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Four things to know before investing in Canada

Tuesday, 4th July 2017


For foreign investors, Canada is a smart bet – but not without understanding the unique characteristics of the business environment

 

Political instability, tumbling currency values, economic uncertainty – they’re common reasons why high net-worth foreign investors often try to extract funds from their home countries and search for financial refuge elsewhere. Many look to Canada as that safe-haven.

Why? Put simply, our $1.6 trillion economy is one of the largest and most stable in the world. The rule of law is strong and ethical business practices are de rigueur, creating a relatively level playing field for entrepreneurs of all stripes. The World Bank Group currently ranks Canada 16th in its annual ease-of-doing-business index. Part of the credit for that high placement goes to a workforce that is highly educated and entrepreneurial, as well as federal and provincial governments that maintain a steady hand on the economic tiller to help foster growth and ease market shocks in times of uncertainty.

For foreign investors, Canada is a smart bet. But not without understanding some of the unique characteristics of our business environment.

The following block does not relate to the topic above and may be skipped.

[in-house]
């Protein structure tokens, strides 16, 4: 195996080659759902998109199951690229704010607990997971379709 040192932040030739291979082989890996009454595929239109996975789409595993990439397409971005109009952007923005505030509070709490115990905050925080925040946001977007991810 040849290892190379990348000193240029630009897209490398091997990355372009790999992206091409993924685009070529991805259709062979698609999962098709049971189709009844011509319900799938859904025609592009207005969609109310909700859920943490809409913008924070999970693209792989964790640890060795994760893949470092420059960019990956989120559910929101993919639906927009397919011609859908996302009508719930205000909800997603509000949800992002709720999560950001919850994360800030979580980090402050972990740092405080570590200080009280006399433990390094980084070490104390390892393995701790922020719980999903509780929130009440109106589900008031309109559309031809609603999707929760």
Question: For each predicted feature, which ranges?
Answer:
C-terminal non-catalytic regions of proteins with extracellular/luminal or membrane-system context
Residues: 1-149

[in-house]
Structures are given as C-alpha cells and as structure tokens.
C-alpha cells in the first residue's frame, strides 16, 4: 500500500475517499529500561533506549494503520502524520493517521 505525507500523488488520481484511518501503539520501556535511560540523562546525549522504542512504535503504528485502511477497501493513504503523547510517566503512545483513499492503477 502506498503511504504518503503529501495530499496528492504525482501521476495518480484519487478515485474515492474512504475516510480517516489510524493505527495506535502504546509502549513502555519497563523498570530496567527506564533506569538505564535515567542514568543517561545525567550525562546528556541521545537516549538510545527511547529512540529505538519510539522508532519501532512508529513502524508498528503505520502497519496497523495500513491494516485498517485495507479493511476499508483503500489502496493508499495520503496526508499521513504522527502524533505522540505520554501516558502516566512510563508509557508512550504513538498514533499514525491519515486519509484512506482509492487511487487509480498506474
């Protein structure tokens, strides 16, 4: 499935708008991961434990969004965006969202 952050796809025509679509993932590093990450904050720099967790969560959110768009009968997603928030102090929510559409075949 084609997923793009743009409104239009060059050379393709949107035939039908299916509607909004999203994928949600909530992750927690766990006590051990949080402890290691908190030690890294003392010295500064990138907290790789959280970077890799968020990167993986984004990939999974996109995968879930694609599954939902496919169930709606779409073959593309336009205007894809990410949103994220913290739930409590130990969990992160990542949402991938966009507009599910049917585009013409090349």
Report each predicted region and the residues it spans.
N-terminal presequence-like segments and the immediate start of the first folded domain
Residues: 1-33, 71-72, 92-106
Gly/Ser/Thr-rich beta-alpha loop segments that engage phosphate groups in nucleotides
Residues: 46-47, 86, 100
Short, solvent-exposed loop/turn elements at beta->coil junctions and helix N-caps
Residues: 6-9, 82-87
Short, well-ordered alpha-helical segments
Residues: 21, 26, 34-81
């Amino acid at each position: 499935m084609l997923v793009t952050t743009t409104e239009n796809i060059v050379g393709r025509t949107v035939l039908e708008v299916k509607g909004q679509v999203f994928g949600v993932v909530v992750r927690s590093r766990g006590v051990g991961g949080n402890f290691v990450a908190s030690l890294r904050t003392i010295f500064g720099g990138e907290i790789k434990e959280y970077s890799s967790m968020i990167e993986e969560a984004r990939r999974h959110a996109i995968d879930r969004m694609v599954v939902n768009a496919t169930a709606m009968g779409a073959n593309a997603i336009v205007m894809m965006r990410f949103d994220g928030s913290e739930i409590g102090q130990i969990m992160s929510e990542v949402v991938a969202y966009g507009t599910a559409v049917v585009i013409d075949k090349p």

Indeed, while Canada maintains a welcoming approach to foreign investment, our economy is more regulated than other countries’ – particularly in specific industries such as media, banking and energy. The rules that helped Canada navigate past the worst of the recessionary storms of 2008-09 can also pose challenges to investors used to operating in more laissez-faire environments.

With that in mind, here are four key points that every foreign investor should take into account before investing or doing business in Canada:

Incorporation

The rules that govern corporations vary by province. Most of Canada’s ten provinces require corporations to appoint a Canadian tax resident as a local director. But when incorporating in Ontario, for example, the law requires that at least 25 per cent of the directors of a corporation (with the exception of a non-resident corporation) be resident Canadians. Where a corporation has less than four directors, however, at least one director must be a resident Canadian. Foreign businesses unable or unwilling to appoint a local director might consider incorporating in British Columbia instead. That’s because B.C. doesn’t have the same residency requirement for directorship. Remember that once incorporated – even in a jurisdiction with local resident directorship requirements – your company may apply for extra-provincial registration to continue operations in another province with more attractive operating rules.

Of course, there are other options for foreign investors looking to establish businesses in Canada, such as a branch operation, partnership or joint venture. Each has its own rules for compliance, which we’ll explore in a future blog post.

Funding structure (investment loans vs. capital)